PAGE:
hi all,
my Xp is evil, its been dieing for quite a time now but ive managed to keep it alive, and even resusitate on occasion, but it has now been pronounced clinically deceased as of 18/09/06
in short. ive booted the drive from another drive with xp on it. scan disked it, several times. didnt help. using the recovery console on the install cd i tried writing a new boot partition, and later even a new mbr. still nothing.
so finally i did a repair on the installation with the windows installation cd. typed in the product key was all happy, when it finished the installation, it resarted my pc and reached where the loading screen should comeup.......and auto restarts. i know the easiest thing to do is just wipe the drive and do a reinstall. but ive kinda got over 50gb of installed programs and another 25 gb of files i would really like to not loose.
so, anysuggestions?
any help greatly appreciated.

11 Years
Discussion Span
Last Post by SnowDog

You've done just about everything you can - and you've been taking great risks with your data doing all that.

The important thing now is to find out if the drive is faulty or not and you're going to have to reformat or maybe run a HDD diagnostic tool - both of which will put your data at risk again.

Get it backed up while you can. If the disk were to fail completely you've lost it all. You still have a chance at the moment.

Then do the format and see what happens.


ive got norton ghost 8 so now all i need is another 80gb drive. hmmm.
my drive is a seagate 80gb sata drive thats only a year and a half old. so it really shouldnt be faulty. however ill find a program to run a disk diagnostic on it. thanks
btw. ive got a ram diagnostic tool if anyone would like it....once i get it off my pc, that is :D


(running on family pc at moment aka P3 ponderous beast)
just downloaded the seagate dianostic program for my hdd, i had 5 bad sectors. :| ohh nooo, ofcourse id didnt wnat to fix them, dont know why. so i have now got quick recovery which if this is the quic ksetting id hate to see the raw recovery setting. anyway, it seems to be scanning my entire disk, + storing all of my directory information, taking a very long time (damn my 10k + folders) and then its supposed to...ah wait it doesnt do anymore, as i just discovered. boo.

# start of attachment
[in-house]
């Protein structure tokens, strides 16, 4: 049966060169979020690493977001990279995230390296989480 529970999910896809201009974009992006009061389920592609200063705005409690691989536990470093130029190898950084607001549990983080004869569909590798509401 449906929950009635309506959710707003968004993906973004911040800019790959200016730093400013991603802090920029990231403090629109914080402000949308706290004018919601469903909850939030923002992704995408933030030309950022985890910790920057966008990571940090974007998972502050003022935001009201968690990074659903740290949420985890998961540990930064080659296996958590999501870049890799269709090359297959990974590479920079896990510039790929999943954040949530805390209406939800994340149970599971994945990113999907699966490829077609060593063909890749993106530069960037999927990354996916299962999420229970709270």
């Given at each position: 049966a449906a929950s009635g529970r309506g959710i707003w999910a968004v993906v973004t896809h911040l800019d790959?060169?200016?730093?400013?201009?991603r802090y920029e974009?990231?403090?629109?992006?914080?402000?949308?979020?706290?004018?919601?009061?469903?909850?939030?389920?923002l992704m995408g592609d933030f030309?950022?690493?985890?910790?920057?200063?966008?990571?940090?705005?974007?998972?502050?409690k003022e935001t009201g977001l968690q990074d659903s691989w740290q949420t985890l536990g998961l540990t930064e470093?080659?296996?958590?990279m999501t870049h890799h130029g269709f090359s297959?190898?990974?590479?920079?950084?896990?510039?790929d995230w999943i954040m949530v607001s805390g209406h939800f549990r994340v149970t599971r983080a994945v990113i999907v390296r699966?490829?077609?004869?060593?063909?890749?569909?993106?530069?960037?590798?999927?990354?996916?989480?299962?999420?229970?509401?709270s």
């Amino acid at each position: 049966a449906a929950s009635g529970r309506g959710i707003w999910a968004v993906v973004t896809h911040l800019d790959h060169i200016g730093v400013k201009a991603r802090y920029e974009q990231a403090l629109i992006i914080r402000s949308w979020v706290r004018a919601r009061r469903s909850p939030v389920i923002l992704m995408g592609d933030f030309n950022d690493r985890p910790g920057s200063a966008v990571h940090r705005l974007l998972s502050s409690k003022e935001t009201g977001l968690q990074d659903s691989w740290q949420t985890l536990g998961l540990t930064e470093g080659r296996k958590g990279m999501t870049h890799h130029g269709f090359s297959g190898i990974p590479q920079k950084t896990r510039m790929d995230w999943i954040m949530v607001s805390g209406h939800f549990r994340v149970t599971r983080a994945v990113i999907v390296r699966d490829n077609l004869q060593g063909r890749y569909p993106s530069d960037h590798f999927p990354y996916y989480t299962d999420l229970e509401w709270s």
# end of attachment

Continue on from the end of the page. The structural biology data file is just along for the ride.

so ive got this handy program now. its called
Stellar Smart (early disk warning system) you can find it here
and yes i can use the diag. software becuase im booting up on a different drive and accessing the bad drive frim it.
@ snowdog. what does norton goback do? i can guess the basics from the name. but was wondering the extent of what its capable


I was asking because if Norton GoBack is on there it can cause major, MAJOR problems.

We deal with a lot of machines which have the Norton package hard-sold (or given 'free') to the customer at the time of purchase and most times the box contains Norton Internet Security, Ghost (both 9 and 10, I think), and GoBack. People tend to install every disk without knowing what they do.

GoBack tries to be a million times cleverer than it is and supposedly enables you to roll your machine back to an earlier time if you encounter problems. But what it doesn't handle very well is when the problem is with it itself. If you uninstall it (and it will let you) it can sometimes takes 3, 4, 6, or more hours (gives you an idea of how much disk space it takes up). Something that big is a large target when the something-gone-wrong gremlin appears on the scene.

If GoBack is corrupted your machine is often toast unless you have actual Windows disks and can get to the recovery console or get hold of various boot disks that allow you to get to DOS. And even then you might still not get anywhere. It messes up the MBR in worst cases. And like other Norton products, getting rid of all trace isn't a walk in the park.

Many machines have a built-in recovery partition and GoBack can really mess that up. Customers then have to buy recovery disks from the manufacturer. Since they install GoBack immediately after purchase of the machine, they effectively wipe out their recovery option without knowing it within hours of purchase. And it doesn't become apparent until later.

Worse still, it is classed as customer-induced damage (software installation) so no warranty covers you.

I asked because if it is on there it can often explain a lot.

Incidentally, if your HDD scanner finds errors, let it fix them. If it can't, you have a real problem.

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